Gifted children may outperform their peers academically, but they also often feel a great deal of internal and external pressure to continually reach perfection. This course is brimming with tips and insight to empower you to support continued growth and a sense of security in your gifted child.
In this 1-hour course, you will learn:
- How our perceptions of ability shape thoughts and behaviors
- How to reinforce risk taking
- How to reflect, monitor, and model a growth mindset in yourself
- How to give more meaningful praise and feedback
Emily Mofield, Ed.D., is the lead consulting teacher for gifted education for Sumner County Schools in Tennessee. Prior to this position, she taught as a gifted education language arts middle school teacher for 10 years. Emily regularly presents professional development on effective differentiation for advanced learners and ways to practically address gifted students’ unique social-emotional needs. She is a National Board Certified Teacher in Language Arts and has been recognized as the Tennessee Association for Gifted Children Teacher of the Year. She has co-authored the Vanderbilt PTY Advanced ELA curriculum series (with Tamra Stambaugh through Prufrock Press) which have won numerous NAGC curriculum awards (2012, 2015, 2016). She is actively involved in the Curriculum Studies Network with NAGC and also has authored several manuscripts about perfectionism, overexcitabilities, and social-emotional needs of gifted students. Most recently, her research (with Megan Parker Peters) on mindsets, perfectionism, and underachievement was recognized with the prestigious international Hollingworth Award (NAGC, 2016).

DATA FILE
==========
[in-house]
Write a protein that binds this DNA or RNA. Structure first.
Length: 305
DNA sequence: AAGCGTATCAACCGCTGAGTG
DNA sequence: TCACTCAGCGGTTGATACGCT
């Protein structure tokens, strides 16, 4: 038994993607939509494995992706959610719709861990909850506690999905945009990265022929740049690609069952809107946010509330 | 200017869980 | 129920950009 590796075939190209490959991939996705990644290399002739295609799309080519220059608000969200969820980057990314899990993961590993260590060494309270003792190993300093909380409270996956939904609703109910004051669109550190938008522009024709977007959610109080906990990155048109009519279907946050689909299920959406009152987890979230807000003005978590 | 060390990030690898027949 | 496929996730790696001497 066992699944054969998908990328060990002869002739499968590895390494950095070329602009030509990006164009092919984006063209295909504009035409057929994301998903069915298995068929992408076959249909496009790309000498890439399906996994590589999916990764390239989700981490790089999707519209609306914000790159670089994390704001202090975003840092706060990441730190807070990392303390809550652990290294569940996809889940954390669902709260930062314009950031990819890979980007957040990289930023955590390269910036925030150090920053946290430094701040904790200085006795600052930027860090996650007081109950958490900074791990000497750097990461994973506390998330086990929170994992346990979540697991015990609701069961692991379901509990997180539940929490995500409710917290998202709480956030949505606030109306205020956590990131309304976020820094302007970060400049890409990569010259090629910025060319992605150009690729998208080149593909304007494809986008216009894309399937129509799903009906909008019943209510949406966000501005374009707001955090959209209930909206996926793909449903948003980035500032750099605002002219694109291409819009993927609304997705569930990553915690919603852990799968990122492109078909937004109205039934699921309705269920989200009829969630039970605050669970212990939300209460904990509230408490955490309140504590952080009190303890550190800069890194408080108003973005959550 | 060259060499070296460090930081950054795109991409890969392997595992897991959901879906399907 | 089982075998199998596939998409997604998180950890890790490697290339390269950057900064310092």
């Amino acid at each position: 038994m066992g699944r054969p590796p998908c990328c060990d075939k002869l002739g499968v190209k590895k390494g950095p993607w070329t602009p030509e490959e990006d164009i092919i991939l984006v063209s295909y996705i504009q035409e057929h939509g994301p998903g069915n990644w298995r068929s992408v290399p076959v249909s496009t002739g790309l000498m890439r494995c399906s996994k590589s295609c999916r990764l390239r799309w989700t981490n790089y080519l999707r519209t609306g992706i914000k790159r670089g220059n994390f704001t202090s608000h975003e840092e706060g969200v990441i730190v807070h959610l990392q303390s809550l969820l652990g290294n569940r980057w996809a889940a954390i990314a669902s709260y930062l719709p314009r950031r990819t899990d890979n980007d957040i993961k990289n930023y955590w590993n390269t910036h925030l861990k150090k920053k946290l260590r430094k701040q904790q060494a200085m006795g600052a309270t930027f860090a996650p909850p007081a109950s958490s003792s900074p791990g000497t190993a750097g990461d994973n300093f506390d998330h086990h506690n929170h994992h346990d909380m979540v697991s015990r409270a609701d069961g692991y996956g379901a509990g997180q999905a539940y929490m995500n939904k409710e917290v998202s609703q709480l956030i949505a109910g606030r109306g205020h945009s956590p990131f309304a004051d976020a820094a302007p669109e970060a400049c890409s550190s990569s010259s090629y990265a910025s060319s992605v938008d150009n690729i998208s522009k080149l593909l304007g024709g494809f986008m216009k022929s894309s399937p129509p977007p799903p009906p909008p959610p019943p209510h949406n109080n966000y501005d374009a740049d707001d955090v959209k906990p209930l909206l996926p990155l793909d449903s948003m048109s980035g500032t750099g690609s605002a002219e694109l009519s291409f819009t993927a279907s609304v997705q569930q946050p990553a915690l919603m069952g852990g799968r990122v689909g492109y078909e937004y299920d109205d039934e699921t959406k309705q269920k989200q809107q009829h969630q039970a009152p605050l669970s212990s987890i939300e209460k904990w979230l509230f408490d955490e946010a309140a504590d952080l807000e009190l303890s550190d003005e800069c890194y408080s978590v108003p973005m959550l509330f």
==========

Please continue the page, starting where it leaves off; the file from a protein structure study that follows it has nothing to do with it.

Megan Parker Peters, PhD, is an Assistant Professor and the Director of Teacher Assessment at Lipscomb University. She is co-editor of the National Association for Gifted Children’s (NAGC) Teaching for High Potential publication and is on the board of the Tennessee Association for the Gifted. She serves as the Early Childhood Network Chair for the National Association for Gifted Children. Her current research interests include examining the impact of perfectionism on coping and underachievement, the relationships among socioemotional factors and giftedness, and the academic and external factors that predict student success. Most recently, her research (with Emily Mofield) on mindsets, perfectionism, and underachievement was recognized with the prestigious international Hollingworth Award (NAGC, 2016).